Pipeline Safety:

Better Data and Guidance Could Improve Operators' Responses to Incidents

GAO-13-284T: Published: Jan 28, 2013. Publicly Released: Jan 28, 2013.

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Susan A. Fleming
(202) 512-3824
flemings@gao.gov

 

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What GAO Found

Numerous variables--some of which are under operators' control--influence the ability of transmission pipeline operators to respond to incidents. For example, the location of response personnel and the use of manual or automated valves can affect the amount of time it takes for operators to respond to incidents. However, because the advantages and disadvantages of installing an automated valve are closely related to the specifics of the valve's location, it is appropriate that operators decide whether to install automated valves on a case-by-case basis. Several operators we spoke with have developed approaches to evaluate the advantages and disadvantages of installing automated valves, such as using spill-modeling software to estimate the potential amount of product released and extent of damage that would occur in the event of an incident.

One method PHMSA could use to improve operator response to incidents is to develop a performance-based approach for incident response times. While defining performance measures and targets for incident response can be challenging, PHMSA could move toward a performance-based approach by evaluating nationwide data to determine response times for different types of pipeline (based on location, operating pressure, and pipeline diameter, among other factors). First, though, PHMSA must improve the data it collects on incident response times. These data are not reliable because operators are not required to fill out certain time-related fields in the reporting form and because operators told us they interpret these data fields in different ways. Furthermore, while PHMSA conducts a variety of information-sharing activities, the agency does not formally collect or share evaluation approaches used by operators to decide whether to install automated valves, and not all operators we spoke with were aware of existing PHMSA guidance designed to assist operators in making these decisions. We recommended that PHMSA should: (1) improve incident response data and use those data to explore the feasibility of developing a performance-based approach for improving operators' responses to pipeline incidents and (2) assist operators in deciding whether to install automated valves by formally collecting and sharing evaluation approaches and ensuring operators are aware of existing guidance. PHMSA agreed to consider these recommendations.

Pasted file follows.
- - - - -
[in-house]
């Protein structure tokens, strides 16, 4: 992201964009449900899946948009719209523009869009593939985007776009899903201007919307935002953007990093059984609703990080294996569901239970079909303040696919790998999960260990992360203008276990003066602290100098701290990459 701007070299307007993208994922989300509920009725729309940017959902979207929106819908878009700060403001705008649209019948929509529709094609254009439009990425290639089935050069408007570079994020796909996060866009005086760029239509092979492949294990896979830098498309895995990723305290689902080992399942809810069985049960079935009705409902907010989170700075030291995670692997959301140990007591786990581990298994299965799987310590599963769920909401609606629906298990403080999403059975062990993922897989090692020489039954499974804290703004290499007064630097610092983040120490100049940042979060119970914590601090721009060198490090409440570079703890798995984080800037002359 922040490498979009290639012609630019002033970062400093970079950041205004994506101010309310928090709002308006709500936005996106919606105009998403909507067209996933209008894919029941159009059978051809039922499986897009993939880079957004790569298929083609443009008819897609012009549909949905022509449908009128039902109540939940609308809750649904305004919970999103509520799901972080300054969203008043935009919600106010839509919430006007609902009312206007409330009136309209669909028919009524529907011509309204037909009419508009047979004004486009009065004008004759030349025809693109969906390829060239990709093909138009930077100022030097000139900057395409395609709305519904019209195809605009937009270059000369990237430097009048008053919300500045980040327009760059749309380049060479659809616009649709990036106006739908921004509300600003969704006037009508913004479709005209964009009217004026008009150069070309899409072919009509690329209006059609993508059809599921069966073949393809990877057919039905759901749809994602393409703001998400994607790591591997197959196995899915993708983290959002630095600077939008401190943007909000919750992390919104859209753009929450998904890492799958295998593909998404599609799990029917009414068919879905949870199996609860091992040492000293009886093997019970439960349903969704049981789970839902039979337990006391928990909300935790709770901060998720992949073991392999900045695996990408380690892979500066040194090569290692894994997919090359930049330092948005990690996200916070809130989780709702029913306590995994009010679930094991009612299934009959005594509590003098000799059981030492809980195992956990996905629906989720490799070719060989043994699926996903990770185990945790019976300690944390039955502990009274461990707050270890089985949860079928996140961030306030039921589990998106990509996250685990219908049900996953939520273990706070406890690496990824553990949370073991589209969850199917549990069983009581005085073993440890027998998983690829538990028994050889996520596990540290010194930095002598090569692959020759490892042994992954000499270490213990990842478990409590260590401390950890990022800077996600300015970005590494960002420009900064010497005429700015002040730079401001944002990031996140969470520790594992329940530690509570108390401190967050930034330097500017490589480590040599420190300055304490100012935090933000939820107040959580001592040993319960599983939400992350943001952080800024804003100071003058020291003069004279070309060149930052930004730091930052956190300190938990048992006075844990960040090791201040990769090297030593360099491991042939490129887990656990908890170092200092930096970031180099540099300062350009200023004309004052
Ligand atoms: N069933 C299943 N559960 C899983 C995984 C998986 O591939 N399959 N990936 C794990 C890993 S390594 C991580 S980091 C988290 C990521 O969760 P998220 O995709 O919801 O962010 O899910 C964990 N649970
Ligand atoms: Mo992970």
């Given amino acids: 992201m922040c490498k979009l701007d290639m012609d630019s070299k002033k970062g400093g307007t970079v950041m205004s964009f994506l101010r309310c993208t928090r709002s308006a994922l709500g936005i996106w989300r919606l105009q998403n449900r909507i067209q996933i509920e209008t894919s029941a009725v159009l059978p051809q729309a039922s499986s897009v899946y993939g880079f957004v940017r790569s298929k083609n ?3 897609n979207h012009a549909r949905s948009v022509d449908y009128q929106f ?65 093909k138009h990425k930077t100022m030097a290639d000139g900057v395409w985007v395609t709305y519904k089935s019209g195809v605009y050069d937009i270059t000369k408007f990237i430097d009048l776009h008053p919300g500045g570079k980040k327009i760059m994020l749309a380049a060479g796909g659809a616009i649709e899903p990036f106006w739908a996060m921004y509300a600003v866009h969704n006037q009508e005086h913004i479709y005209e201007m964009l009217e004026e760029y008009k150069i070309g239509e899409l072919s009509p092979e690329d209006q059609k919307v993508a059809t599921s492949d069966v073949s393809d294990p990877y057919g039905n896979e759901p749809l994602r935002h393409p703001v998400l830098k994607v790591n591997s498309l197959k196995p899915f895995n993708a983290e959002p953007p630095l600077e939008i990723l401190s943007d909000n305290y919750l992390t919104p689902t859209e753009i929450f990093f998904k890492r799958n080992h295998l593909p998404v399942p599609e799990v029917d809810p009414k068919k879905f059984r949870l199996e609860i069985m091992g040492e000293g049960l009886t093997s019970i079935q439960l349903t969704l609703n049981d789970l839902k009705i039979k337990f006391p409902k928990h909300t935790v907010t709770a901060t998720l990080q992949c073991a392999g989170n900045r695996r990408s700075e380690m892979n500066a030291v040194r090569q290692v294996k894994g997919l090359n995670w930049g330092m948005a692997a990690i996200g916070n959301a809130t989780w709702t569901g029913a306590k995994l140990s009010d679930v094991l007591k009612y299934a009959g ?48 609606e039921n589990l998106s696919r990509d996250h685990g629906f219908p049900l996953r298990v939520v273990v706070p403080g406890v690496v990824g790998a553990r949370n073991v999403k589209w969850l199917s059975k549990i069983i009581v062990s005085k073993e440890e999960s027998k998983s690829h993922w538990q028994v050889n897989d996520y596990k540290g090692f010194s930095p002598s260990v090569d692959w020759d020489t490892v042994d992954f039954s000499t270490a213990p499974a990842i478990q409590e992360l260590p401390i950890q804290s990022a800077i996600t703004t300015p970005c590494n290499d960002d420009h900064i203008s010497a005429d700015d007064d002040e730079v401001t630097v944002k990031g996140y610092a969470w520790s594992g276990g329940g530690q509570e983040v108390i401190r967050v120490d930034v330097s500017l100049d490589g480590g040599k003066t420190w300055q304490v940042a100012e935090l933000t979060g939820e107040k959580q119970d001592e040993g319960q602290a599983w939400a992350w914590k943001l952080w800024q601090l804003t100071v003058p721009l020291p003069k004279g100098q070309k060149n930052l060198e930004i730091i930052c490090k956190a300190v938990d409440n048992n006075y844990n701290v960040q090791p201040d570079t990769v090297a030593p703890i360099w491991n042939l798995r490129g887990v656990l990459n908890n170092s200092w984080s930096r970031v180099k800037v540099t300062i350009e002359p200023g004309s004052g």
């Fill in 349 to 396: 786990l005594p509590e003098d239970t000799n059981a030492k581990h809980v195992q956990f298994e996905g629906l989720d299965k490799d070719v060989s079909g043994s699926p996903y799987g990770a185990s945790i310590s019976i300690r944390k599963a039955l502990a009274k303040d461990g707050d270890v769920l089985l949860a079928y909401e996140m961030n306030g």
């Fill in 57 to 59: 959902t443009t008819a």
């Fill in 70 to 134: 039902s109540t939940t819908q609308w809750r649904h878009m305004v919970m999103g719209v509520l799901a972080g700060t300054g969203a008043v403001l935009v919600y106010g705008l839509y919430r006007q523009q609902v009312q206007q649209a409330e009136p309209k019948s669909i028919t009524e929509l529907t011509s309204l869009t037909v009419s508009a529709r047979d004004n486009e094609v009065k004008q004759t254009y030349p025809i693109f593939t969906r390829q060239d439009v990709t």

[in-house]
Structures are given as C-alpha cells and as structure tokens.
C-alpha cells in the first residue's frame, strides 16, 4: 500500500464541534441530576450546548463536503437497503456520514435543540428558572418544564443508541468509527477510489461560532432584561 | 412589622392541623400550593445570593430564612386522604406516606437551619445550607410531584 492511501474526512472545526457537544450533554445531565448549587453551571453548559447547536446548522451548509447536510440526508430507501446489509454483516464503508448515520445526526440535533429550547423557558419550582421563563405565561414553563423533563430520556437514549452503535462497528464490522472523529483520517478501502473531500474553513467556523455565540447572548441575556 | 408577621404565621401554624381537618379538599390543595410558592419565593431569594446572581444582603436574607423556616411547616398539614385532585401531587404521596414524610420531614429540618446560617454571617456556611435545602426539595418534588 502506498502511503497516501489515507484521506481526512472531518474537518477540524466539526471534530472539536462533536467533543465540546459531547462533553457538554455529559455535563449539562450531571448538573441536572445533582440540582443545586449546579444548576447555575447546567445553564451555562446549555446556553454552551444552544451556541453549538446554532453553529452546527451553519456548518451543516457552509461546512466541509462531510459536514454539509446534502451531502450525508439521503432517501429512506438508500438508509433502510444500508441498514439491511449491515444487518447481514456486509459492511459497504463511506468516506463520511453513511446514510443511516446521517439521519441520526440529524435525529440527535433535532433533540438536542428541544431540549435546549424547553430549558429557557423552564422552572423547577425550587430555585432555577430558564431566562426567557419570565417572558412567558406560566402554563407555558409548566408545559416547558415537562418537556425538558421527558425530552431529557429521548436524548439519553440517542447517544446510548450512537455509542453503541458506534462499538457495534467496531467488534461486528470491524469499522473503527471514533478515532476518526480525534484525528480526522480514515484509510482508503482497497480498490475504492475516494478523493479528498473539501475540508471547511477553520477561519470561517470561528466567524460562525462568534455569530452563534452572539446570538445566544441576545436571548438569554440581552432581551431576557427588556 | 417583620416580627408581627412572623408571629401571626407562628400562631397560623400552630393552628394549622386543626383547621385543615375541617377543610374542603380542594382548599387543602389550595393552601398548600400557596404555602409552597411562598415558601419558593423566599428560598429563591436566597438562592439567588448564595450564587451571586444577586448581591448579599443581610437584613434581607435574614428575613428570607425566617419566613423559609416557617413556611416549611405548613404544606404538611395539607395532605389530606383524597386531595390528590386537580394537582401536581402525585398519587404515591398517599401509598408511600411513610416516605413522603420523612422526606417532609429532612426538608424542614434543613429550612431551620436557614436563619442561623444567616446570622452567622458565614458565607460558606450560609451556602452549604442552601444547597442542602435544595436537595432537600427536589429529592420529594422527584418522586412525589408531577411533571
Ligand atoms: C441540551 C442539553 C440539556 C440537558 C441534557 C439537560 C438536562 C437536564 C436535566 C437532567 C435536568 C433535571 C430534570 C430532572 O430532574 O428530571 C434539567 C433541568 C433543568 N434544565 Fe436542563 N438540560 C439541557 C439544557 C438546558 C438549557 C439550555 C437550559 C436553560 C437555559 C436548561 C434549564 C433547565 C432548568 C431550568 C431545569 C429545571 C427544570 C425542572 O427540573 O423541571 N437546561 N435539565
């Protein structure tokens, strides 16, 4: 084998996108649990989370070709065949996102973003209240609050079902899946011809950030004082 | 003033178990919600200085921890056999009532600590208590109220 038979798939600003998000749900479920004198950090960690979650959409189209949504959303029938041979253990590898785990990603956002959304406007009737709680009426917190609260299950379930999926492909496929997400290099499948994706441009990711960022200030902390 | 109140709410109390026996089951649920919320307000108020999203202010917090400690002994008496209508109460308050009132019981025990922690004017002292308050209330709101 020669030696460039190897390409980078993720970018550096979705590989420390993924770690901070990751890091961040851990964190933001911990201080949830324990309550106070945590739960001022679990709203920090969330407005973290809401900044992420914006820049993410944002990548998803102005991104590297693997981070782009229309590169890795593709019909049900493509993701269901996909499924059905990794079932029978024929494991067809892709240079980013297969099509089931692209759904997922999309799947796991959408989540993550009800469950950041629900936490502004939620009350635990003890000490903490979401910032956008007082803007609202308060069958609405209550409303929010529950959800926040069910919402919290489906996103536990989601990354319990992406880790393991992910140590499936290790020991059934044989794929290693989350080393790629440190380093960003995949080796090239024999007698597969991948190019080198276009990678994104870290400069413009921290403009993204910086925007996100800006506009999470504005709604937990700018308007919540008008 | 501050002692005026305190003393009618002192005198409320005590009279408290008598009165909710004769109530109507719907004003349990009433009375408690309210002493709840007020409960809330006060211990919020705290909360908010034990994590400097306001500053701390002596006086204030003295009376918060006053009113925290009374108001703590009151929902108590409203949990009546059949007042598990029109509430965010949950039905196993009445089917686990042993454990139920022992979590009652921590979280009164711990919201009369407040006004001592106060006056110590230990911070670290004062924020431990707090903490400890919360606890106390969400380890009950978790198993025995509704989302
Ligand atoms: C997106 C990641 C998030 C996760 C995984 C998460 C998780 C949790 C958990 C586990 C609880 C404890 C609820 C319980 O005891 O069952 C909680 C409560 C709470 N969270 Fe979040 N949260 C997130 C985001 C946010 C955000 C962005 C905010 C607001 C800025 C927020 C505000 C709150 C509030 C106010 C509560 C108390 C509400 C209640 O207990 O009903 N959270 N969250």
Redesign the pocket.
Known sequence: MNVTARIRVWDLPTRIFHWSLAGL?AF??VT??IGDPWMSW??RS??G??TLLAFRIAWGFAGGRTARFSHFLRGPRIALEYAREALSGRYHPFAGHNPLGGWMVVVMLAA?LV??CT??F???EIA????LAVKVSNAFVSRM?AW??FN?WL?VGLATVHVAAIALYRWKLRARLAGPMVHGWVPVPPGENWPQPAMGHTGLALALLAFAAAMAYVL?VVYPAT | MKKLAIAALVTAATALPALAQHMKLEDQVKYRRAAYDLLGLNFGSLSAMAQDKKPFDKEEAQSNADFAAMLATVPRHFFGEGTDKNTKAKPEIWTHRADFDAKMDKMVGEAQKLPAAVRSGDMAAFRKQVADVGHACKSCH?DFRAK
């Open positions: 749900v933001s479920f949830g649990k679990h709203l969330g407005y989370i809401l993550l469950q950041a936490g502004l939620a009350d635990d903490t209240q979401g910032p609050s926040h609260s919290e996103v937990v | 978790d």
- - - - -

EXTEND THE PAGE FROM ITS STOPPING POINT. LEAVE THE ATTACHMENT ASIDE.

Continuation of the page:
Why GAO Did This Study

Pipelines are a relatively safe means of transporting natural gas and hazardous liquids; however, catastrophic incidents can and do occur. Such an incident occurred on December 11, 2012, near Sissonville, West Virginia, when a rupture of a natural gas transmission pipeline destroyed or damaged 9 homes and badly damaged a section of Interstate 77. Large-diameter transmission pipelines such as these that carry products over long distances from processing facilities to communities and large-volume users make up more than 400,000 miles of the 2.5 million mile natural gas and hazardous liquid pipeline network in the United States. The Department of Transportation's (DOT) Pipeline and Hazardous Materials Safety Administration (PHMSA), working in conjunction with state pipeline safety offices, oversees this network, which transports about 65 percent of the energy we consume.

The best way to ensure the safety of pipelines, and their surrounding communities, is to minimize the possibility of an incident occurring. PHMSA's regulations require pipeline operators to take appropriate preventive measures such as corrosion control and periodic assessments of pipeline integrity. To mitigate the consequences if an incident occurs, operators are also required to develop leak detection and emergency response plans. One mitigation measure operators can take is to install automated valves that, in the event of an incident, close automatically or can be closed remotely by operators in a control room. Such valves have been the topic of several National Transportation Safety Board (NTSB) recommendations since 1971 and a PHMSA report issued in October 2012.

As mandated in the Pipeline Safety, Regulatory Certainty, and Job Creation Act of 2011, we issued a January 2013 report on the ability of transmission pipeline operators to respond to a hazardous liquid or natural gas release from an existing pipeline segment. This statement is based on this report and addresses (1) variables that influence the ability of transmission pipeline operators to respond to incidents and (2) opportunities to improve these operators' responses to incidents. This statement also provides information from two other recent GAO reports on pipeline safety.

For more information, contact Susan Fleming at (202) 512-3824 or flemings@gao.gov.

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